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Politics and Government

Syracuse councilors question proposed sidewalk program

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Tom Magnarelli
/
WRVO Public Media
Under the municipal sidewalk program, the city of Syracuse would take over the maintenance of sidewalks from property owners.

UPDATE: In a 6-2 vote on Monday, the Syracuse Common Council passed a motion to introduce the sidewalk program onto the agenda. It was tabled and will be put up for a final vote on June 7.

Syracuse common councilors have a lot of questions about a municipal sidewalk program being proposed by the mayor. Under the program, the city would assume the responsibility and repair of sidewalks from property owners. Some councilors questioned if everyone paying a flat fee for the service is fair. 

The program would be free for one year, but residential and commercial property owners would pay increasing fees for the sidewalk maintenance that would eventually cap at an annual cost of $100 and $300 respectively, by year six. That’s estimated to raise $4.5 million annually. At a committee meeting last week with officials from the mayor’s administration, Council President Helen Hudson said the fee is minimal at first.

“But I know from being a poor person, that if you had tacked on $20 to me 20 years ago, it would have pushed me over the edge,” Hudson said.

Councilor-at-Large Khalid Bey agreed, focusing on seniors with fixed incomes.

“I always say, you never know who is a dollar away from foreclosure,” Bey said.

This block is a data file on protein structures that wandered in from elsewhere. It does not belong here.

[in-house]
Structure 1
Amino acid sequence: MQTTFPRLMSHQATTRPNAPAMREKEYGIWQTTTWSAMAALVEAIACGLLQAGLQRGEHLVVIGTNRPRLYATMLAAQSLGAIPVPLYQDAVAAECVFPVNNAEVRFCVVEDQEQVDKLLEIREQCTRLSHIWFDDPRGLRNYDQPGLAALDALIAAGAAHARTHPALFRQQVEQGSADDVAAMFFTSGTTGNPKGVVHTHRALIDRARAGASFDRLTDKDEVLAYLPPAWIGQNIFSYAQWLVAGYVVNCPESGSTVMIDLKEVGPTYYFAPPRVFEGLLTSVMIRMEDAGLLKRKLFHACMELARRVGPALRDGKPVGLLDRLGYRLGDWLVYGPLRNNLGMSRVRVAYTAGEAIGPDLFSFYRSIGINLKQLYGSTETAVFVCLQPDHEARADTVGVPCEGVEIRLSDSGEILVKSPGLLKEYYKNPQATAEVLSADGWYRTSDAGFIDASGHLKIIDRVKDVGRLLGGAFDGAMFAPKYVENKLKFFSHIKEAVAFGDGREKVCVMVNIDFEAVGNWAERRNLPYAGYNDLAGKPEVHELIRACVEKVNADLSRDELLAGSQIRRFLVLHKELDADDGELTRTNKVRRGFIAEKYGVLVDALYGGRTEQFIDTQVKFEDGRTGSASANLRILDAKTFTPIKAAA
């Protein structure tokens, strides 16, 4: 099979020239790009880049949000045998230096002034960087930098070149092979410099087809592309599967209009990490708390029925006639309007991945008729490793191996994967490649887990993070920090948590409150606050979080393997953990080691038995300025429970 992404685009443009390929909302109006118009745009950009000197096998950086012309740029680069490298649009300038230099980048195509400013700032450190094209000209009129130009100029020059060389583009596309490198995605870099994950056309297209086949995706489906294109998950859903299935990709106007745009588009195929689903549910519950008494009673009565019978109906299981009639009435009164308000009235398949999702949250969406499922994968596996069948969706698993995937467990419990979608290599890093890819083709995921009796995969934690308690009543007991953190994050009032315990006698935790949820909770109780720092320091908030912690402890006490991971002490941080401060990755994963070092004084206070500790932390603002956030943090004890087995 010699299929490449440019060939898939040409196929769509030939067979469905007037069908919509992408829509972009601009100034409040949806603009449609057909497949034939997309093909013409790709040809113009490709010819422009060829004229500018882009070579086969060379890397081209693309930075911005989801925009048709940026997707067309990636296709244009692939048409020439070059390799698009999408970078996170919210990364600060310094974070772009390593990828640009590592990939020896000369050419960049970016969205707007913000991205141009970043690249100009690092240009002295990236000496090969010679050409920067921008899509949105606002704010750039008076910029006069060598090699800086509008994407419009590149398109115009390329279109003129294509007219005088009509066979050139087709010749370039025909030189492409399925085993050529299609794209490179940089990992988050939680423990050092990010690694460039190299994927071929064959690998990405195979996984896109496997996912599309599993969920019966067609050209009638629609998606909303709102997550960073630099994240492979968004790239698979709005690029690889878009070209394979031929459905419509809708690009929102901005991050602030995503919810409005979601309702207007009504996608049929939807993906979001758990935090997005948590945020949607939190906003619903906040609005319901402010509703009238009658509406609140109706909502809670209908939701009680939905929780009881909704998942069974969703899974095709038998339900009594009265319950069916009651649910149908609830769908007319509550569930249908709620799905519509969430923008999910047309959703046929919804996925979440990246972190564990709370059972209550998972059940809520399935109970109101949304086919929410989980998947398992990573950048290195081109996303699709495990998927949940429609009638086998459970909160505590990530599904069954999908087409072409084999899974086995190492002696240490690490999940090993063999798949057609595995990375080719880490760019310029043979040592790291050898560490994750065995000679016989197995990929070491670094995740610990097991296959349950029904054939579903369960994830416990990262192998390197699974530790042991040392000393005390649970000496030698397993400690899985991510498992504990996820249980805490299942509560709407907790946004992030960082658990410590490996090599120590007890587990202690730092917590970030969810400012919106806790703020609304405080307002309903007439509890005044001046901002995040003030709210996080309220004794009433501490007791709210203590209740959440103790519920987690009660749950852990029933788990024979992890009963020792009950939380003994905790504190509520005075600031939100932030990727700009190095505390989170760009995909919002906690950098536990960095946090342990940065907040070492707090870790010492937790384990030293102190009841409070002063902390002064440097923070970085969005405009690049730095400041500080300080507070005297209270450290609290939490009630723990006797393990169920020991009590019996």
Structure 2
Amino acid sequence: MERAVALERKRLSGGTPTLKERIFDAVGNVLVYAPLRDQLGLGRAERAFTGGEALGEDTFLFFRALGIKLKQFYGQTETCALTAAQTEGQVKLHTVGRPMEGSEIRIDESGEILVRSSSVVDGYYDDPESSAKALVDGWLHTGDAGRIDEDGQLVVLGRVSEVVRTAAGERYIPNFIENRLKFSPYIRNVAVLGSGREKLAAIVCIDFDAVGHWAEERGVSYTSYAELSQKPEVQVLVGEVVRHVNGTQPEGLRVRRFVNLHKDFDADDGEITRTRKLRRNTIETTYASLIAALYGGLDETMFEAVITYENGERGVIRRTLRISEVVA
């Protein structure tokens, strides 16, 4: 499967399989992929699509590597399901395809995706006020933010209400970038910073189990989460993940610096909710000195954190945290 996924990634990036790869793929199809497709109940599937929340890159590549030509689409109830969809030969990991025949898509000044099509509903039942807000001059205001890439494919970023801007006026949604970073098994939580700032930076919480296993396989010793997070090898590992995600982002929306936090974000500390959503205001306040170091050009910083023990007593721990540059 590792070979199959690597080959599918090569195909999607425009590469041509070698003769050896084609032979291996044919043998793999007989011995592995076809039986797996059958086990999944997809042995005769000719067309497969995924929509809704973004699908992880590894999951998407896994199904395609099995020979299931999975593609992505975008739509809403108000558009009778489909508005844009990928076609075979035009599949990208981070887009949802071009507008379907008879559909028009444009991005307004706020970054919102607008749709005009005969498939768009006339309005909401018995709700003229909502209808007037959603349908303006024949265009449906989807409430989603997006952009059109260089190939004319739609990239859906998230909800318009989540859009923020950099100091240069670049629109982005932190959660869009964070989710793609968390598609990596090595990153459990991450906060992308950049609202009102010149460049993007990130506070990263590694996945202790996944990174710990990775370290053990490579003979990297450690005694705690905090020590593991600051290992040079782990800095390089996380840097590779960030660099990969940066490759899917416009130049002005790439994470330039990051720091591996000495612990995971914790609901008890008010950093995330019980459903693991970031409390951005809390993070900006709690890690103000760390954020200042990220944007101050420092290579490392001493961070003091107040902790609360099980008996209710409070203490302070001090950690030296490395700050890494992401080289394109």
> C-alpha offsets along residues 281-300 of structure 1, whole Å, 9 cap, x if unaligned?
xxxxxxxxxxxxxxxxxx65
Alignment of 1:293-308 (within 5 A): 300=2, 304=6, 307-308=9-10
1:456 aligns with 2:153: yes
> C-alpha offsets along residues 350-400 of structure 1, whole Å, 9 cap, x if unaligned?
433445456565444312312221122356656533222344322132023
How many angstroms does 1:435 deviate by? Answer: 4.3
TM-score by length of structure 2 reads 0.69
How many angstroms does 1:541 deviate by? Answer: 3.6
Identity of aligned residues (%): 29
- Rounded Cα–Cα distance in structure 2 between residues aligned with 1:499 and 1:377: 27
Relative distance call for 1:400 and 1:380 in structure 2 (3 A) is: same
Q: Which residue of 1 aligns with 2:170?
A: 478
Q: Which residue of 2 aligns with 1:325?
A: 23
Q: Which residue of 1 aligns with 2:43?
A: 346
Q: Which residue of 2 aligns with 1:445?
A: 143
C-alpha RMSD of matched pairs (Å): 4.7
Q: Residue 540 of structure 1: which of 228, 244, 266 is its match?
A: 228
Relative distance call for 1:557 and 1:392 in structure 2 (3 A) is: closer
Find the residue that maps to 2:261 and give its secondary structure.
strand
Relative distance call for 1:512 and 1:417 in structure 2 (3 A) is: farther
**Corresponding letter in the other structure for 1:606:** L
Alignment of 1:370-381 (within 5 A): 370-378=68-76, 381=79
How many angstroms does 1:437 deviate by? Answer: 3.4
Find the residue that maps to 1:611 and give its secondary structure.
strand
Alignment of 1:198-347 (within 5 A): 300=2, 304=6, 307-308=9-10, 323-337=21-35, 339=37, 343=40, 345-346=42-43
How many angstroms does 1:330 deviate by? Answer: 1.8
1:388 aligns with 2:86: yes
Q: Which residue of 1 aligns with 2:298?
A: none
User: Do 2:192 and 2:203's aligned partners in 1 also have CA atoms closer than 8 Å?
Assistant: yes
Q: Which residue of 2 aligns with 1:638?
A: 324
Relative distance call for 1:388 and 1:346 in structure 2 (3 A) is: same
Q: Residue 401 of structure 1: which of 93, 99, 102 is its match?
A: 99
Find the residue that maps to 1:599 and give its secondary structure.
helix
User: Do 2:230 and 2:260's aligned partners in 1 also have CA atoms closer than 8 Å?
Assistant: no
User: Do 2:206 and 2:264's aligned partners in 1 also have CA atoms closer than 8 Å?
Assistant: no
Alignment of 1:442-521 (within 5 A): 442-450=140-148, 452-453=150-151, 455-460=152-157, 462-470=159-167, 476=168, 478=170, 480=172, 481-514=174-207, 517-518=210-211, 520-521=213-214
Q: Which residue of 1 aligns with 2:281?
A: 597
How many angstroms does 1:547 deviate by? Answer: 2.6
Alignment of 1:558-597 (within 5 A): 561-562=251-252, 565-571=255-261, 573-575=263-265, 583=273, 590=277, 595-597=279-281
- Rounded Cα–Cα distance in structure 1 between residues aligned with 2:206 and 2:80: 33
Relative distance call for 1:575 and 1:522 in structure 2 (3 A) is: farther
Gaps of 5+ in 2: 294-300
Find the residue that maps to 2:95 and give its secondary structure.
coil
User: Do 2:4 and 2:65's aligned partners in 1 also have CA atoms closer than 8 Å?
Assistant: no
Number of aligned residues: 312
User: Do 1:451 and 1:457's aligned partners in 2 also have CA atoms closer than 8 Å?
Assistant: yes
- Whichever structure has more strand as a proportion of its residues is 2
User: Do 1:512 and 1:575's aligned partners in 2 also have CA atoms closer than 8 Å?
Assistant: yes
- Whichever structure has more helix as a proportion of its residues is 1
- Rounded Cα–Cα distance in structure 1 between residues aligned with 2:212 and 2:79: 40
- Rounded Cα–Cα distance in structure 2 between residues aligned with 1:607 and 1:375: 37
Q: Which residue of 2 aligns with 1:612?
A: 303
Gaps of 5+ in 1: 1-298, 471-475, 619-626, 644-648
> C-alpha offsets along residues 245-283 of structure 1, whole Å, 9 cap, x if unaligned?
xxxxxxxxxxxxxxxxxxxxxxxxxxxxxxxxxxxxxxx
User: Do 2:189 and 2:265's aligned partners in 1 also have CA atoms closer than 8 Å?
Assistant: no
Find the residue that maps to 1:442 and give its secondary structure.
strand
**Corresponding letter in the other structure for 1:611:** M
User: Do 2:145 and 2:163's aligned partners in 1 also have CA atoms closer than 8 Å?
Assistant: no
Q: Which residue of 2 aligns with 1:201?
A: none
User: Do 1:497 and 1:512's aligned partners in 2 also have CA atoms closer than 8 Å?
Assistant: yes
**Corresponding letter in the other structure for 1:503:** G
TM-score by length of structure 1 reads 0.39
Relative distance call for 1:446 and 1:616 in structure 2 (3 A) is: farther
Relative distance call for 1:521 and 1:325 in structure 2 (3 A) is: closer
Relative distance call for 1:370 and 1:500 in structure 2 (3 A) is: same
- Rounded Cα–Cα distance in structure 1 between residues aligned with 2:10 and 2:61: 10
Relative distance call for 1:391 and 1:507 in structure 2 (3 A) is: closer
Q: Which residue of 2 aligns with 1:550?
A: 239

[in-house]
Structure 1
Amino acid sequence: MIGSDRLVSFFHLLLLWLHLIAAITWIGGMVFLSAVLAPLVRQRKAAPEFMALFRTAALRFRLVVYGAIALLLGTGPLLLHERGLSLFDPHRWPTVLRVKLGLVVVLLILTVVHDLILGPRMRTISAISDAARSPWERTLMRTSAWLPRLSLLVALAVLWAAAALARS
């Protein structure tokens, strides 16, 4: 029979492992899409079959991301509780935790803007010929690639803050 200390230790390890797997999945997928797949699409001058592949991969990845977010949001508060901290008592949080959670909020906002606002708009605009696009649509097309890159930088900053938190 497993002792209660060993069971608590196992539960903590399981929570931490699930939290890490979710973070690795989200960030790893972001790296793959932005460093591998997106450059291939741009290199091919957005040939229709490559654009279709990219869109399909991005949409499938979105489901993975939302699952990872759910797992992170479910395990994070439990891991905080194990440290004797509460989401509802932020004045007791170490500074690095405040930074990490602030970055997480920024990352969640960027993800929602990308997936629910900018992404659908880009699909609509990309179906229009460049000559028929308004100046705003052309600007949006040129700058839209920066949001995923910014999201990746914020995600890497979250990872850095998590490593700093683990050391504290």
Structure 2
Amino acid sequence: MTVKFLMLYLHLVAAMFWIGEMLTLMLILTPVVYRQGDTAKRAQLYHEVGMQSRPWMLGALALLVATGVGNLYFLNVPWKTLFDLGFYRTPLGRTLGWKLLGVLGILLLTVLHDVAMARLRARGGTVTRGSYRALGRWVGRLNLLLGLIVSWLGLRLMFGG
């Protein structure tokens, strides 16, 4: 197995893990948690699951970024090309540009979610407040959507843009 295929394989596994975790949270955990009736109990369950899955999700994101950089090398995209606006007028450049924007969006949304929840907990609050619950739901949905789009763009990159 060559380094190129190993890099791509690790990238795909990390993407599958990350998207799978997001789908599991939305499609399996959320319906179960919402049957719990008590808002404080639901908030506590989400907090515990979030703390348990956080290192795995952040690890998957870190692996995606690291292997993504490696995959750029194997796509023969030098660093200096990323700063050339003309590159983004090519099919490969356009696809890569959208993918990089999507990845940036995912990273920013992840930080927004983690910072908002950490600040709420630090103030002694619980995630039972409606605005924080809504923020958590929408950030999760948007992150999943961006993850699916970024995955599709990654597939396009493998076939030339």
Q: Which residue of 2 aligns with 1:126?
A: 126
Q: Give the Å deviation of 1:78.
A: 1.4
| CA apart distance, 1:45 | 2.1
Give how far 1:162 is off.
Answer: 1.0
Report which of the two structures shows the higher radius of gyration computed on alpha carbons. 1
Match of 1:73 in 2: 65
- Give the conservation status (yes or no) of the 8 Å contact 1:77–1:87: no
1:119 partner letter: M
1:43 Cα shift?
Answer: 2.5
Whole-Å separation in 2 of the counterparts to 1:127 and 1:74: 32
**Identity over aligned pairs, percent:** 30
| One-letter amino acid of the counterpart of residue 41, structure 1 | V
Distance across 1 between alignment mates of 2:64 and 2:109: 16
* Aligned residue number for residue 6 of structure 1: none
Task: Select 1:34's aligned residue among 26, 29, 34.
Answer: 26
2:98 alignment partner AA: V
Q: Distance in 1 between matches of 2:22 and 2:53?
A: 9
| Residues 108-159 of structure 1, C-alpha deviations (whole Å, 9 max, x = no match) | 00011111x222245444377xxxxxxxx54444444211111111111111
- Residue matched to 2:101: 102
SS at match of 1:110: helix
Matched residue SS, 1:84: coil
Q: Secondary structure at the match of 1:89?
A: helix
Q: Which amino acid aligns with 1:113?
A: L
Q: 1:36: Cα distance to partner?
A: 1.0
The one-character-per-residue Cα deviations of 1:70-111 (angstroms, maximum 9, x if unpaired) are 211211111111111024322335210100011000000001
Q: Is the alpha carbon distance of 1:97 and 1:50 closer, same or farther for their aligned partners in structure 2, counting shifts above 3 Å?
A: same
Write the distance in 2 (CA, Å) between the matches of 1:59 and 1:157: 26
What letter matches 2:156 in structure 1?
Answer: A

President Hudson said they need to carve out a hardship fund to help people who can’t afford the fee. The city’s Chief Operating Officer Corey Driscoll Dunham said the administration is open to that. She emphasized that the current system isn’t working either. If the city condemns a sidewalk, a property owner could be hit with a very large bill. In recent years, the average estimate the city has given for a sidewalk replacement has been more than $8,000.

“This would be a predictable fee; you know how much it’s going to be each year,” Dunham said. “There shouldn’t be any surprises.”

Councilors also questioned why some property owners should have to pay if they have no sidewalks. Twenty-percent of the parcels in the city don’t have sidewalks. Three-percent of the funding in the program will go towards constructing new sidewalks. Sidewalks with high pedestrian traffic and the most disrepair will get priority in being repaired first.

Councilor Bey suggested starting the program at the beginning of 2022, to give them some time to work out the details. Dunham has been working to address councilor’s concerns. The program could go up for a vote Monday.